HC Deb 06 May 1975 vol 891 cc1203-7
16. Mr. Madel

asked the Secretary of State for Education and Science if he will make a statement on the current state of negotiations over the pay claims for university lecturers.

18. Mr. Grist

asked the Secretary of State for Education and Science if he will now make a statement on the progress of his talks with the Association of University Teachers on the salaries of university teachers.

21. Mr. Freud

asked the Secretary of State for Education and Science if he will make a statement on the pay claim submitted by the Association of University Teachers.

22. Mr. van Straubenzee

asked the Secretary of State for Education and Science what progress has been made with the AUT's pay claim.

Mr. Prentice

I would refer the hon. Members to the reply I gave yesterday to similar Questions by a number of hon. Members.

Mr. Madel

As these pay negotiations are deadlocked, will the right hon. Gentleman again consider taking the case to arbitration? If that should happen, would the Government abide by a decision of the arbitration body?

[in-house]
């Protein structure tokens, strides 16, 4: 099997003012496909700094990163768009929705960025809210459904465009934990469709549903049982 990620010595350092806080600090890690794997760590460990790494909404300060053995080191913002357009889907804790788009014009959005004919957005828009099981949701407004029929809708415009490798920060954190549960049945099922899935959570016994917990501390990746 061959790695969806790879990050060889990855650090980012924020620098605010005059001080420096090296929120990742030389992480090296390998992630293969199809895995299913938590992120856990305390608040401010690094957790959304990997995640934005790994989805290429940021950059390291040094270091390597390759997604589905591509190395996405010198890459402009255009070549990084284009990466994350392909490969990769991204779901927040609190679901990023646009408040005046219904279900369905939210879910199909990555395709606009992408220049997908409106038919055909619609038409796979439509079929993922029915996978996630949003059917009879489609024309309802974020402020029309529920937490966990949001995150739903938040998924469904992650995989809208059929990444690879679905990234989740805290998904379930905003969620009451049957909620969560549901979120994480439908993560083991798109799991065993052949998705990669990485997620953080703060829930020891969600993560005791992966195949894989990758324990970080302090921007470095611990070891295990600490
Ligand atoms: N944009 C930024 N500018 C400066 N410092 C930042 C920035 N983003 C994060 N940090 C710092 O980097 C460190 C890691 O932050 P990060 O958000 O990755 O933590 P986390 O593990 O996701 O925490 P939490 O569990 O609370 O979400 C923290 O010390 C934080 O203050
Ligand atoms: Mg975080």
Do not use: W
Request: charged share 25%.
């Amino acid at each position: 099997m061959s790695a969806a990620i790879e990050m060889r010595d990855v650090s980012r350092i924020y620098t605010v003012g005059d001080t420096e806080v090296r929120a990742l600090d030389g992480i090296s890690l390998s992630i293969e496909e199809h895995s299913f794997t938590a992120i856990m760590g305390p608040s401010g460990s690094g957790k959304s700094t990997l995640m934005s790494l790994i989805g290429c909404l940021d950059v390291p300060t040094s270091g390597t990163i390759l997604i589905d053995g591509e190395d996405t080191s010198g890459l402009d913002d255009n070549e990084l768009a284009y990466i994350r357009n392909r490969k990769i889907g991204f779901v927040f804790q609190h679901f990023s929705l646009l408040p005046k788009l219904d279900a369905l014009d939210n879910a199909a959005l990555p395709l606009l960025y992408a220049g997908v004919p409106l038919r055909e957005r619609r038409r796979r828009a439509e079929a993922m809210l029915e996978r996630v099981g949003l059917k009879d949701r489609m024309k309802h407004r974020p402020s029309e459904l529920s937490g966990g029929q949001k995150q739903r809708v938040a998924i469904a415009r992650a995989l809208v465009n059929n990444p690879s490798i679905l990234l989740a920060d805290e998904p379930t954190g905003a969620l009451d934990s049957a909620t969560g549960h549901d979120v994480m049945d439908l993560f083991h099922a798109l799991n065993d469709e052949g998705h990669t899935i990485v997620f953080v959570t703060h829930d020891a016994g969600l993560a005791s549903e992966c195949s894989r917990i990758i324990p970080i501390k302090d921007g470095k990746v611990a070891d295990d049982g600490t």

Mr. Prentice

I certainly do not rule out a reference to arbitration in so far as the case relates to a new settlement of university teachers' salaries from October 1975. What I would rule out is any back-dating to October 1974 because that would be a clear breach of the 12-months rule, which is a crucial element in the social contract.

Mr. Moonman

Would my right hon. Friend comment on the fact that the General Secretary of the AUT warned last weekend of the crisis situation developing? Will he particularly comment on the fact that a number of restrictive practices could begin to operate in the next couple of months, including those concerning the marking of examination papers?

Mr. Prentice

I do not regard this as a crisis situation. The Houghton Report recommended substantial and overdue increases in pay to staff engaged in higher education outside the university sector. That has created an anomaly between them and the universities. The report also recommended that for the future there should be broad comparability between the sectors. I accept that in principle. We have been in intensive negotiations for some weeks as to how that should apply with effect from October 1975. University staff should regard this situation as giving them an opportunity for a much larger increase in October 1975 than most people will get at that time.

I do not regard it as a crisis. Any form of militant action—I do not think there will be very much ; the reports coming through today say that it is very uneven—would be quite irrelevant and unhelpful. I do not need convincing of the need for a substantial increase. I accept it. But no one will convince me that it should breach the 12-months' rule. That is quite out of the question.

Mr. Grist